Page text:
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Author Topic: Pliosaurs teeth  (Read 977 times)
Kom
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« on: May 11, 2014, 09:04:14 PM »

It is notable that the Miocene physeteroid whale Livyatan melvillei is described as having the largest predatory teeth known, with length reaching 36 cm long and 12 cm wide.

Only I've read on the website that isolated teeth from pliosaurs were known from Oxford with sizes reaching 40-45 cm (width not specified).

Unfortunately, I've not seen any picture of these though I'm pretty sure they exist as they are reported by paleontologists.

But wouldn't such teeth normally be considered as the largest predatory teeth known ?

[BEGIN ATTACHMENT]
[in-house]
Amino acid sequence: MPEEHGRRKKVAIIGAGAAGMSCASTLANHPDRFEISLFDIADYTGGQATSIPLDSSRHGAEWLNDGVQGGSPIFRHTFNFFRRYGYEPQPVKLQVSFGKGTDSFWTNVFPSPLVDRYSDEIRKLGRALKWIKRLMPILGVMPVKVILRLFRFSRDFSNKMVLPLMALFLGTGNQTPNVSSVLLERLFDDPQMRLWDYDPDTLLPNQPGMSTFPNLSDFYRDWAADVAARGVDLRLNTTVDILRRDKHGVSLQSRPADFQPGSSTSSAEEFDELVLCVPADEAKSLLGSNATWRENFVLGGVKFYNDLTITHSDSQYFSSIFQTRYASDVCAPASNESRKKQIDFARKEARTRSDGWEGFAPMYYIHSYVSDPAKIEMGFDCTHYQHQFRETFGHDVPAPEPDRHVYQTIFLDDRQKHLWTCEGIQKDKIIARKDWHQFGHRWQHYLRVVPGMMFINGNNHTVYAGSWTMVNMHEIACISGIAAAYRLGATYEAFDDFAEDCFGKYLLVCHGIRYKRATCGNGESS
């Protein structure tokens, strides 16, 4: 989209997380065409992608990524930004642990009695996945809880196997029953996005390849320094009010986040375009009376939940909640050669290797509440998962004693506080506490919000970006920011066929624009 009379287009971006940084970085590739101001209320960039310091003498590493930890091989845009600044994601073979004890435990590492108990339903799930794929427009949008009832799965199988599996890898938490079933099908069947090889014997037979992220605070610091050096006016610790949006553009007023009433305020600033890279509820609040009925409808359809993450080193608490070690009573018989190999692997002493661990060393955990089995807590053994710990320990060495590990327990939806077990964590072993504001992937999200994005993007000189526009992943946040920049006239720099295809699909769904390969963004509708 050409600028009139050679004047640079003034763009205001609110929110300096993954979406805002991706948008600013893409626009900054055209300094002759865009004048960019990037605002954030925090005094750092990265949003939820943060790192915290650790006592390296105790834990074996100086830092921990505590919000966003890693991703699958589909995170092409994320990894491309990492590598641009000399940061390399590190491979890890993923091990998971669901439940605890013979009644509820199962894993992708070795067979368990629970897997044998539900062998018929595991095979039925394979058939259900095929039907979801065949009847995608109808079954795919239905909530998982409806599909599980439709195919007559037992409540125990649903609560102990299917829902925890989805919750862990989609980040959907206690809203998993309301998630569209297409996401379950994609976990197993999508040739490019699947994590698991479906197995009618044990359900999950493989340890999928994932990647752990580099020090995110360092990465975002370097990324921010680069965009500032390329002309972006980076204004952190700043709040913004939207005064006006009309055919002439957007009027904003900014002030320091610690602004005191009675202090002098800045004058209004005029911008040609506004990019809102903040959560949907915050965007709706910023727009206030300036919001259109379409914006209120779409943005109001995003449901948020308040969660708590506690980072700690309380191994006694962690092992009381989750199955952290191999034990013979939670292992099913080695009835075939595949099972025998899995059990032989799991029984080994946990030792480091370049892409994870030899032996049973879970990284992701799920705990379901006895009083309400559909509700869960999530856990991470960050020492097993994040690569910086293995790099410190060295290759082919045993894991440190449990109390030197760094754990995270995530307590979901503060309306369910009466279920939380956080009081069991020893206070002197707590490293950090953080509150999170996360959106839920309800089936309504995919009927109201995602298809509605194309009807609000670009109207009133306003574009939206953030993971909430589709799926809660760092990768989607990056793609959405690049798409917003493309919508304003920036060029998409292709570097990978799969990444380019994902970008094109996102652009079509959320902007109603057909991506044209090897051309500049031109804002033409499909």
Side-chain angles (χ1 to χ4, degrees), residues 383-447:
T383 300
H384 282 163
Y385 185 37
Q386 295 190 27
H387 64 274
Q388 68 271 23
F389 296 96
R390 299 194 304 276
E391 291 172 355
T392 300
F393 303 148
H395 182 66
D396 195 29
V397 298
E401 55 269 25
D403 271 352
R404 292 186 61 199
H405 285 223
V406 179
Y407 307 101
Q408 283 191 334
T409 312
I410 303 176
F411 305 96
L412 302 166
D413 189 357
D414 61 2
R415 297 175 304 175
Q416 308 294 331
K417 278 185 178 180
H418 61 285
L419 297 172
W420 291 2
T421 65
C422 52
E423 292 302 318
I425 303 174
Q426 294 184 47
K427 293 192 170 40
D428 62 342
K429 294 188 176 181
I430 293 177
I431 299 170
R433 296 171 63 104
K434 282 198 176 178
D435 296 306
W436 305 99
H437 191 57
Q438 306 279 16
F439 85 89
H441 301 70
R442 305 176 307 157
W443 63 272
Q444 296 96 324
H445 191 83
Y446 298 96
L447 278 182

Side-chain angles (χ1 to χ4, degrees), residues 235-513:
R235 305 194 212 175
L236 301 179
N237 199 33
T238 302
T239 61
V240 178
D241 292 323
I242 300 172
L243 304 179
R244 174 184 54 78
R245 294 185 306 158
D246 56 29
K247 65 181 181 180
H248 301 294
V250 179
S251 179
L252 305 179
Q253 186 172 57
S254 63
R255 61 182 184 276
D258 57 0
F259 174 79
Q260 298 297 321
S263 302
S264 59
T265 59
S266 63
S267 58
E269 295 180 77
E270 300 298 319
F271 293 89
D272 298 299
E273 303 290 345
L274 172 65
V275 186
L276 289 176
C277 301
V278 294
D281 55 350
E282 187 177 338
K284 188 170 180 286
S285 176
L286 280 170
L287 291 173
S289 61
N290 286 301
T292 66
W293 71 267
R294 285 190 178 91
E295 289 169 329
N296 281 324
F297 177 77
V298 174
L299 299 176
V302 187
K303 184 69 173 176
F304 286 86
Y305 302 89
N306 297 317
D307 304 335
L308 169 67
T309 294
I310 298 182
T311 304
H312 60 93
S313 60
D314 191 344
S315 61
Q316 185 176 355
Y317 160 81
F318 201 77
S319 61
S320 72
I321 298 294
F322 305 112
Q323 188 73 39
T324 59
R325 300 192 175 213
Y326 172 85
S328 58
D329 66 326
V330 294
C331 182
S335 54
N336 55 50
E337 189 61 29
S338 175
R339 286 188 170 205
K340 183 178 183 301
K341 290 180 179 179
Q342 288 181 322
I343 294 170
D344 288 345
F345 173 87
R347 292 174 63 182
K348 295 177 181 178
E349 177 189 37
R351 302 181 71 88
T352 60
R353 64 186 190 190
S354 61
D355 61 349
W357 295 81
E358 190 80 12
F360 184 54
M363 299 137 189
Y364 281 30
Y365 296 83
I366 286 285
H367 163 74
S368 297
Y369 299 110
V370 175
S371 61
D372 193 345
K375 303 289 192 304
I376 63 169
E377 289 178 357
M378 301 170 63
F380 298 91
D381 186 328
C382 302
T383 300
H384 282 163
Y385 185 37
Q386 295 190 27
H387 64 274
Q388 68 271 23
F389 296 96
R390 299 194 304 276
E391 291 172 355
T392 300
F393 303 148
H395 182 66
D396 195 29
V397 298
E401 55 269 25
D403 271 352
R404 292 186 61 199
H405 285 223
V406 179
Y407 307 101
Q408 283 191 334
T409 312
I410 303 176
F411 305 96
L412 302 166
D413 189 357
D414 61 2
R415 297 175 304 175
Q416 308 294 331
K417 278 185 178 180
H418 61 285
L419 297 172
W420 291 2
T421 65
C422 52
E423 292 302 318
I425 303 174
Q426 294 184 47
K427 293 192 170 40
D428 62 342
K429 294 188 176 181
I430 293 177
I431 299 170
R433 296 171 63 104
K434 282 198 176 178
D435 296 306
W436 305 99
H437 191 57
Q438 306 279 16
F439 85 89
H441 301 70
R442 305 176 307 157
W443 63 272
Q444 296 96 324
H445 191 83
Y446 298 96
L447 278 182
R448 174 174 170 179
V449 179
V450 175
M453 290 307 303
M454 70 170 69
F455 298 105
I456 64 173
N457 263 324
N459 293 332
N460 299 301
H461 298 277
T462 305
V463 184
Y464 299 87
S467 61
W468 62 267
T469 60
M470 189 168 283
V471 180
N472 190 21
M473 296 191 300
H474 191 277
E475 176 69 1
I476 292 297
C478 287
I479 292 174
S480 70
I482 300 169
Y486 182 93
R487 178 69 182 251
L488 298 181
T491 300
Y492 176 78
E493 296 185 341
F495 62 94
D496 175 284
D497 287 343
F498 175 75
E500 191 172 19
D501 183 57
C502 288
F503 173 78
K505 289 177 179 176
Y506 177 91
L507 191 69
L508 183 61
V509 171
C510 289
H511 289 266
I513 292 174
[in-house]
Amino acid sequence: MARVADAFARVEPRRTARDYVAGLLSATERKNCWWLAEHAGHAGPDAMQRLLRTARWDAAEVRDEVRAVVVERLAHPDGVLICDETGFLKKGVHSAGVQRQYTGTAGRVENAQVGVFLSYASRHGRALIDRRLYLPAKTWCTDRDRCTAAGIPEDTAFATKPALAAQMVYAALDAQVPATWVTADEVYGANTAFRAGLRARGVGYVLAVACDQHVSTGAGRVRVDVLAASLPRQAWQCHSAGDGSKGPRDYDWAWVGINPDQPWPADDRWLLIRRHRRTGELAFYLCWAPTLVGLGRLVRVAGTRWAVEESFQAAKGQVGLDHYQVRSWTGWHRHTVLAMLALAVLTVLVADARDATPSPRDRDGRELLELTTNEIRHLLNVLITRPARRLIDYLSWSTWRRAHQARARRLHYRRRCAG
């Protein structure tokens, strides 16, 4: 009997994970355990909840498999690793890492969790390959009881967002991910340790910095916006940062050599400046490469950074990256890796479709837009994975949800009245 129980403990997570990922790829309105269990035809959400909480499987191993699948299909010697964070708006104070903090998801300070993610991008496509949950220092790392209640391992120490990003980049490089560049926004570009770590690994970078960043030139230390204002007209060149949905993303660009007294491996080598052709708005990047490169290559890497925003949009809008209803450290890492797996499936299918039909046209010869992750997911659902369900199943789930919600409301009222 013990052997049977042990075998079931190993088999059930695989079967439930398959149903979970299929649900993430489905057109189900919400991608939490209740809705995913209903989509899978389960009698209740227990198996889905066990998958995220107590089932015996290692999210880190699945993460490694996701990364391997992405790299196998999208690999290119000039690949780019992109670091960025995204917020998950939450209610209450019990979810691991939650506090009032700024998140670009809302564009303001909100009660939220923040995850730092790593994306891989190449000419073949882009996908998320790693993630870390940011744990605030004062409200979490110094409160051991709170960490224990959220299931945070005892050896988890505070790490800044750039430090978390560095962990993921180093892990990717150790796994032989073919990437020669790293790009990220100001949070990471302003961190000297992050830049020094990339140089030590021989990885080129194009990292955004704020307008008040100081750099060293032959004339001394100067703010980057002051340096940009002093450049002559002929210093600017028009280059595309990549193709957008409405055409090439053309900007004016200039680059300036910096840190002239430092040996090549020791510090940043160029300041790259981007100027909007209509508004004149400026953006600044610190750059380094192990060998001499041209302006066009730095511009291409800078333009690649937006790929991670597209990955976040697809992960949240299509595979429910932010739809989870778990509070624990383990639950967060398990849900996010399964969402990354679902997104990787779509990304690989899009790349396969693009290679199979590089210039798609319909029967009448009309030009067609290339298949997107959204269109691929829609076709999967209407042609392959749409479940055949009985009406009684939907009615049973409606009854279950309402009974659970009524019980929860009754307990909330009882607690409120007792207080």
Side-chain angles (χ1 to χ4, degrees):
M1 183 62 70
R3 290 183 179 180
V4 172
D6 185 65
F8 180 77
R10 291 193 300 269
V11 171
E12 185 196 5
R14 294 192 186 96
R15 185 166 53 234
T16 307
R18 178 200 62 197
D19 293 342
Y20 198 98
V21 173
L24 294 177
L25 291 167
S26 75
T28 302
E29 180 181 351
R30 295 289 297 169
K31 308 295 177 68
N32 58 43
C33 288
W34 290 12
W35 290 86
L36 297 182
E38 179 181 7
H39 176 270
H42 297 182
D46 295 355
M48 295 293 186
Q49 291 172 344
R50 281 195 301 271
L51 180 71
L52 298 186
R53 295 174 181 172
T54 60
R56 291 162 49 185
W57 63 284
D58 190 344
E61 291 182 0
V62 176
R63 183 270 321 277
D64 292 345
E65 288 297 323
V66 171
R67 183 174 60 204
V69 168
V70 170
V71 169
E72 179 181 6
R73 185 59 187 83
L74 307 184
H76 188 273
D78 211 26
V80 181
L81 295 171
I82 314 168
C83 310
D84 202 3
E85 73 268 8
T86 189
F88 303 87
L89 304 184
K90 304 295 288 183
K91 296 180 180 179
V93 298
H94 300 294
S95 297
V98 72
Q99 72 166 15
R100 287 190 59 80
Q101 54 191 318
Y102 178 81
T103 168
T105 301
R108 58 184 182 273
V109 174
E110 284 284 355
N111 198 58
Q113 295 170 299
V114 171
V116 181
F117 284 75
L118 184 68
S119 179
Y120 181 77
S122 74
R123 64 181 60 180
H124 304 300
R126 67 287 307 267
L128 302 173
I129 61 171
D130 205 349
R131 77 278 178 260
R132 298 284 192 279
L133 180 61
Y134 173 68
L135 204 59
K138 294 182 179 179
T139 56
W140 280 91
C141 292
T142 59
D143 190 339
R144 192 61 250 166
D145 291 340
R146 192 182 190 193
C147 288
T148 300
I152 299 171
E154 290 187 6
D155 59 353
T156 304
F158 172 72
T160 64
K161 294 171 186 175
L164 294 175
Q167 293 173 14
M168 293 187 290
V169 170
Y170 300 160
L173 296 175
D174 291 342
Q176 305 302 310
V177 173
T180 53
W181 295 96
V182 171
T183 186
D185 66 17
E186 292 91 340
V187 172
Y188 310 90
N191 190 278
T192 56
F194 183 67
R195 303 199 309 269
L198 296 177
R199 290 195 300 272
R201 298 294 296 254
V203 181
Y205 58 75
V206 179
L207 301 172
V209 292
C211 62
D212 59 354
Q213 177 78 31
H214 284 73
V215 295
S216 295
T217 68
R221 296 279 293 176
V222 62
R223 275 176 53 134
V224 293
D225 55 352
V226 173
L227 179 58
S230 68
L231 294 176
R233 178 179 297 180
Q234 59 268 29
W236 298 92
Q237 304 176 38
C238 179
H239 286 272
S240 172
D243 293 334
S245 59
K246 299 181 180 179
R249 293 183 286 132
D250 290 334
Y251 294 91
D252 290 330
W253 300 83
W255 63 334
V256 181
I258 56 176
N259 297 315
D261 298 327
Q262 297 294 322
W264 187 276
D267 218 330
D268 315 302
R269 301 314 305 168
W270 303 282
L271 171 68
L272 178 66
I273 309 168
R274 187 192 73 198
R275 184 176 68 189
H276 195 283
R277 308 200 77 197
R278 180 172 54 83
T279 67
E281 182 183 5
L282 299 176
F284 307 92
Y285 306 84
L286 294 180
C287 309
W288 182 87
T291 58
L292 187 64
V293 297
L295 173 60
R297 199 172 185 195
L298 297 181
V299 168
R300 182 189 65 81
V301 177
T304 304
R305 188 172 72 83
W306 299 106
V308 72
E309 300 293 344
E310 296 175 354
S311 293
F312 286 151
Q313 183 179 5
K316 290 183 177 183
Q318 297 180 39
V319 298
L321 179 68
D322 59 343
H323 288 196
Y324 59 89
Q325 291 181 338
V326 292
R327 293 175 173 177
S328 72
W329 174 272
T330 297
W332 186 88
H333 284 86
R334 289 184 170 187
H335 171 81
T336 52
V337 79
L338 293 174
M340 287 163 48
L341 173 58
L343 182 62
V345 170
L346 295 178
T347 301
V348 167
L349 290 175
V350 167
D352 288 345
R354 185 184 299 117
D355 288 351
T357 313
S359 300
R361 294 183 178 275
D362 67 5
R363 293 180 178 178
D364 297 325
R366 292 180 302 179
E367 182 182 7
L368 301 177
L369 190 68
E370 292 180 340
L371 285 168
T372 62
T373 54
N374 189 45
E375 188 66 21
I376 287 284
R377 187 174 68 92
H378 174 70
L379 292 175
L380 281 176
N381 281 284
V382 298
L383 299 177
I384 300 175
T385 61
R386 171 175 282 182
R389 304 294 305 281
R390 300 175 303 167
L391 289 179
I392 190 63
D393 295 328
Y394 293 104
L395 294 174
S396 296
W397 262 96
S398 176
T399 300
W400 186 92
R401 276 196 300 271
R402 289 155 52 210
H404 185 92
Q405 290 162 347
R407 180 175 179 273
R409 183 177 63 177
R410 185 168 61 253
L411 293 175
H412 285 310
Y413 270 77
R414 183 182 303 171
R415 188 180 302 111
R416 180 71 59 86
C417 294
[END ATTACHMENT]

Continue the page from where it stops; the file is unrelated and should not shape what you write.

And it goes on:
Also, how large are these teeth compared to the teeth in the largest pliosaurs or kronosaurs species known ?

Aren't they somehow still suggesting the possibility of ~20 m pliosaurs individuals ?
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Kom
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« Reply #1 on: November 13, 2014, 03:15:04 PM »

No one has a thought about that ?
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